(Chemistry for ages 5+)
Chemical reactions happen all the time and everywhere. Sometimes they cause visual changes like changing color or shape of the reactants. The video above shows a neat color-changing reaction called the Iodine Clock Reaction. Here’s what you’ll need to do this at home:
Clear plastic cups
Iodine (typically found in the first aid section)
Vitamin C tablets (be sure they are not gummy or chewable as these tablets have extra stuff that can change the reaction)
Orange juice (or other juice high in Vitamin C)
Starch (liquid or powder)
Adult supervision (Adult supervision at all times please)
- Start by putting on your safety goggles. Anytime you are working with chemicals that might splash, it is important to protect your eyes.
- Crush up a Vitamin C tablet. You can do this by placing the tablet on a flat surface and using the rounded edge of a spoon to crush it. You can also place the tablet in a plastic bag and crush it using a mallet, rolling pin, or even stomping on it with your foot.
- Put the crushed-up tablet in one of your plastic cups and add ½ cup of warm water. Stir until the tablet is dissolved. This makes your first solution, which can be called “Solution A.”
- Next, add 1 tablespoon of iodine to Solution A. Be very careful handling iodine because it can stain your clothes. Stir it together. What do you notice about the color of the solution? Is it what you expected?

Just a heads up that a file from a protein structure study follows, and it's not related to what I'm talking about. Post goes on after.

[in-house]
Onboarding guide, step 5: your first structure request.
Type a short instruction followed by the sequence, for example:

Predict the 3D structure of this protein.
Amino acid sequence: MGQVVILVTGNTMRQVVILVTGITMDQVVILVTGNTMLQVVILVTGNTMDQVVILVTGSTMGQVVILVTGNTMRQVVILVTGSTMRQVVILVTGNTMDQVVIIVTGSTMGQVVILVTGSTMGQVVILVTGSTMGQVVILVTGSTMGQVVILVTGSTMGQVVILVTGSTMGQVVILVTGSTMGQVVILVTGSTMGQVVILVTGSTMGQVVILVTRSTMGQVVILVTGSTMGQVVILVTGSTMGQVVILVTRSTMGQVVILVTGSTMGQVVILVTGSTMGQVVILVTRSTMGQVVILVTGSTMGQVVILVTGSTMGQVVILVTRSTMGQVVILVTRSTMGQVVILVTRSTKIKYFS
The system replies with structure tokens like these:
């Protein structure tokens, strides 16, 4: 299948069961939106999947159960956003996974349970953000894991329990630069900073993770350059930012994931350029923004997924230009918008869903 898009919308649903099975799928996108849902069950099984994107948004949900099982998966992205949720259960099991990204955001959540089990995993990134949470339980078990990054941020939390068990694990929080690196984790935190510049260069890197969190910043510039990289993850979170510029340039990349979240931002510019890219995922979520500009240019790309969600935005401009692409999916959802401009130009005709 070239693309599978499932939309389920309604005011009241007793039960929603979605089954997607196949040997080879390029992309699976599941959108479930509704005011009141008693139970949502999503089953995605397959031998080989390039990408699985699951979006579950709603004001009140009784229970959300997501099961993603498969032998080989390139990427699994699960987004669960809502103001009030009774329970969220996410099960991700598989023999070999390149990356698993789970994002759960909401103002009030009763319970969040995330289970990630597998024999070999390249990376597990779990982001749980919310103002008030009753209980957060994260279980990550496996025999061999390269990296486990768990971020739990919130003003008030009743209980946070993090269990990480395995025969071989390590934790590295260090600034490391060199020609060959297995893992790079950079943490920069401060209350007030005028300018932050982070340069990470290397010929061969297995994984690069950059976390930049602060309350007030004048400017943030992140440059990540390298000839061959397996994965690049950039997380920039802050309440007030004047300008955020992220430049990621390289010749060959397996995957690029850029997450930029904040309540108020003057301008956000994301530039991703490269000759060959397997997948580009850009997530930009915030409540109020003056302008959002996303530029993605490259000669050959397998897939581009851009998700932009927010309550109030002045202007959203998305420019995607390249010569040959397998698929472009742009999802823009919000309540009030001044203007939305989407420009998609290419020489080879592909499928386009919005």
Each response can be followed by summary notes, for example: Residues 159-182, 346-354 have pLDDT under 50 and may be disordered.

- In another plastic cup, add ½ cup of warm water, 3 tablespoons of hydrogen peroxide, and some starch. If you are using powdered starch, add a scoop (a heaping teaspoon or so), but if you are using liquid starch, add ½ to 1 teaspoon. Stir well, though the starch will not fully dissolve, so just make sure everything is mixed together. This is Solution B.
- Now pour Solution B into Solution A. Notice anything? Pour the mixed solutions back into the empty cup that had Solution B. Pour the mixed solutions back and forth between the cups until you notice a significant change.
- Starting with clean cups (they can be rinsed out and reused or you can use new cups), make Solution A using ½ cup of orange juice (or whatever juice you have that is high in Vitamin C). Add 1 tablespoon of iodine and stir it into the juice. What do you notice about the color?
- Repeat step 5 to make a fresh batch of Solution B.
- Again, pour Solution B into Solution A. Do you notice any color changes after this first mixture? Pour the mixed solutions into your empty cup. Do you see the color changing? Pour the solutions back and forth until the color stops changing. What was different about the color changes between using the Vitamin C tablet and the juice in Solution A?
In mixing Solution A, we see the first color-changing reaction because Vitamin C reacts with the iodine to create iodide which is colorless. That’s why the brownish-yellow color of the iodine disappears. When you mix the solutions together, the iodide reacts with starch and it turns a dark bluish-black color.
The color change takes awhile to happen because the Vitamin C first has to be all used up, and then 3 molecules of iodide must bind with 1 molecule of starch to lead to the color change. When juice is used in Solution A, there is much less Vitamin C, so the reaction happens a bit faster.